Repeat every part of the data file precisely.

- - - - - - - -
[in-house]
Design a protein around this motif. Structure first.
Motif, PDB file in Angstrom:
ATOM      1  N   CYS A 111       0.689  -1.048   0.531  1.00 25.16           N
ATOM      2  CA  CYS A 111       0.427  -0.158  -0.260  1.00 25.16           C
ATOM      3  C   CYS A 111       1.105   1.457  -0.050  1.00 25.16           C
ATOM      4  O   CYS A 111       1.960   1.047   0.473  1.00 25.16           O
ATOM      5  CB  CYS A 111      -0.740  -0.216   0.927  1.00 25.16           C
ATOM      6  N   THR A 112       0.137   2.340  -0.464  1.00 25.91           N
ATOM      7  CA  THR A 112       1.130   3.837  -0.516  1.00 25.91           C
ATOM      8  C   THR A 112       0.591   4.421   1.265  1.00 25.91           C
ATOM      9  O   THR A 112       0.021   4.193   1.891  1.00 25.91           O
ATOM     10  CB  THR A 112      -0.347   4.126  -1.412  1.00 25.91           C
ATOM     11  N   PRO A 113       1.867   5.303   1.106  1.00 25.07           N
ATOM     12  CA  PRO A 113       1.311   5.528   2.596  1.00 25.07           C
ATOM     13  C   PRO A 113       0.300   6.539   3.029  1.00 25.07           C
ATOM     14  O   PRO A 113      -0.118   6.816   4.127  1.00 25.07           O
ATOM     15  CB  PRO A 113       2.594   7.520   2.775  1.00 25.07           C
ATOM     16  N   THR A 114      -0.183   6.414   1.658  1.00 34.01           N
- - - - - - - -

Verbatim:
[in-house]
Design a protein around this motif. Structure first.
Motif, PDB file in Angstrom:
ATOM      1  N   CYS A 111       0.689  -1.048   0.531  1.00 25.16           N
ATOM      2  CA  CYS A 111       0.427  -0.158  -0.260  1.00 25.16           C
ATOM      3  C   CYS A 111       1.105   1.457  -0.050  1.00 25.16           C
ATOM      4  O   CYS A 111       1.960   1.047   0.473  1.00 25.16           O
ATOM      5  CB  CYS A 111      -0.740  -0.216   0.927  1.00 25.16           C
ATOM      6  N   THR A 112       0.137   2.340  -0.464  1.00 25.91           N
ATOM      7  CA  THR A 112       1.130   3.837  -0.516  1.00 25.91           C
ATOM      8  C   THR A 112       0.591   4.421   1.265  1.00 25.91           C
ATOM      9  O   THR A 112       0.021   4.193   1.891  1.00 25.91           O
ATOM     10  CB  THR A 112      -0.347   4.126  -1.412  1.00 25.91           C
ATOM     11  N   PRO A 113       1.867   5.303   1.106  1.00 25.07           N
ATOM     12  CA  PRO A 113       1.311   5.528   2.596  1.00 25.07           C
ATOM     13  C   PRO A 113       0.300   6.539   3.029  1.00 25.07           C
ATOM     14  O   PRO A 113      -0.118   6.816   4.127  1.00 25.07           O
ATOM     15  CB  PRO A 113       2.594   7.520   2.775  1.00 25.07           C
ATOM     16  N   THR A 114      -0.183   6.414   1.658  1.00 34.01           N